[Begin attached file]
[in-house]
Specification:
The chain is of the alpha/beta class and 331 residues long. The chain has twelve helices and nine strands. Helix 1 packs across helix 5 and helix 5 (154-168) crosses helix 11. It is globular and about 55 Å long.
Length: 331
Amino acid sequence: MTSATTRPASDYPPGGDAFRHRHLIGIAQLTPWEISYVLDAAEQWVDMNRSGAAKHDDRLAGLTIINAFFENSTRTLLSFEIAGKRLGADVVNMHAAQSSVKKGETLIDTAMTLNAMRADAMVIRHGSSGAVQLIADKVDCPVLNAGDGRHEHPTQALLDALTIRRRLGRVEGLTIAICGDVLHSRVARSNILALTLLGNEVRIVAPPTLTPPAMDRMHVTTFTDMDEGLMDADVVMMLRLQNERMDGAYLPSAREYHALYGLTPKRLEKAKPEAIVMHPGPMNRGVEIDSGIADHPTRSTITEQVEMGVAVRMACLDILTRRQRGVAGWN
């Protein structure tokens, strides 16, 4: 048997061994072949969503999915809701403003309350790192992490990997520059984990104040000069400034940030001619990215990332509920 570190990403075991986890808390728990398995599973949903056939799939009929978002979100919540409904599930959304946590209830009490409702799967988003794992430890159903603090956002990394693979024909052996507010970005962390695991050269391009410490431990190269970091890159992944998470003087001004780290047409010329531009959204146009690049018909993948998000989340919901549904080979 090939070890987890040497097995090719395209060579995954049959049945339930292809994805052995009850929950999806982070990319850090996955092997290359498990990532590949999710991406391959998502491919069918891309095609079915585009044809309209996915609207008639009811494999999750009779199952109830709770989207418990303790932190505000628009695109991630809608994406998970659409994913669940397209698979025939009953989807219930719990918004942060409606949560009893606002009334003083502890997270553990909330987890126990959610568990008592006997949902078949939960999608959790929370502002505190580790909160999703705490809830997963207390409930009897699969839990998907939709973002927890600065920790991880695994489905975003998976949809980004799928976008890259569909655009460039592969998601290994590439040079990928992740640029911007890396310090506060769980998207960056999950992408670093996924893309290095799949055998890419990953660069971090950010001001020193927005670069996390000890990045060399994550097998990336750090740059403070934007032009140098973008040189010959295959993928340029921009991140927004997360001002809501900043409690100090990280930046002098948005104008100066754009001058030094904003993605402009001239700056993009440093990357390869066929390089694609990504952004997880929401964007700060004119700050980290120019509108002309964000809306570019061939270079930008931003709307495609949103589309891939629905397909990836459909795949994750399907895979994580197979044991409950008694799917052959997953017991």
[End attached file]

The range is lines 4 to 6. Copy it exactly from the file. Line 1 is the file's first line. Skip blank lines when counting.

Length: 331
Amino acid sequence: MTSATTRPASDYPPGGDAFRHRHLIGIAQLTPWEISYVLDAAEQWVDMNRSGAAKHDDRLAGLTIINAFFENSTRTLLSFEIAGKRLGADVVNMHAAQSSVKKGETLIDTAMTLNAMRADAMVIRHGSSGAVQLIADKVDCPVLNAGDGRHEHPTQALLDALTIRRRLGRVEGLTIAICGDVLHSRVARSNILALTLLGNEVRIVAPPTLTPPAMDRMHVTTFTDMDEGLMDADVVMMLRLQNERMDGAYLPSAREYHALYGLTPKRLEKAKPEAIVMHPGPMNRGVEIDSGIADHPTRSTITEQVEMGVAVRMACLDILTRRQRGVAGWN
């Protein structure tokens, strides 16, 4: 048997061994072949969503999915809701403003309350790192992490990997520059984990104040000069400034940030001619990215990332509920 570190990403075991986890808390728990398995599973949903056939799939009929978002979100919540409904599930959304946590209830009490409702799967988003794992430890159903603090956002990394693979024909052996507010970005962390695991050269391009410490431990190269970091890159992944998470003087001004780290047409010329531009959204146009690049018909993948998000989340919901549904080979 090939070890987890040497097995090719395209060579995954049959049945339930292809994805052995009850929950999806982070990319850090996955092997290359498990990532590949999710991406391959998502491919069918891309095609079915585009044809309209996915609207008639009811494999999750009779199952109830709770989207418990303790932190505000628009695109991630809608994406998970659409994913669940397209698979025939009953989807219930719990918004942060409606949560009893606002009334003083502890997270553990909330987890126990959610568990008592006997949902078949939960999608959790929370502002505190580790909160999703705490809830997963207390409930009897699969839990998907939709973002927890600065920790991880695994489905975003998976949809980004799928976008890259569909655009460039592969998601290994590439040079990928992740640029911007890396310090506060769980998207960056999950992408670093996924893309290095799949055998890419990953660069971090950010001001020193927005670069996390000890990045060399994550097998990336750090740059403070934007032009140098973008040189010959295959993928340029921009991140927004997360001002809501900043409690100090990280930046002098948005104008100066754009001058030094904003993605402009001239700056993009440093990357390869066929390089694609990504952004997880929401964007700060004119700050980290120019509108002309964000809306570019061939270079930008931003709307495609949103589309891939629905397909990836459909795949994750399907895979994580197979044991409950008694799917052959997953017991």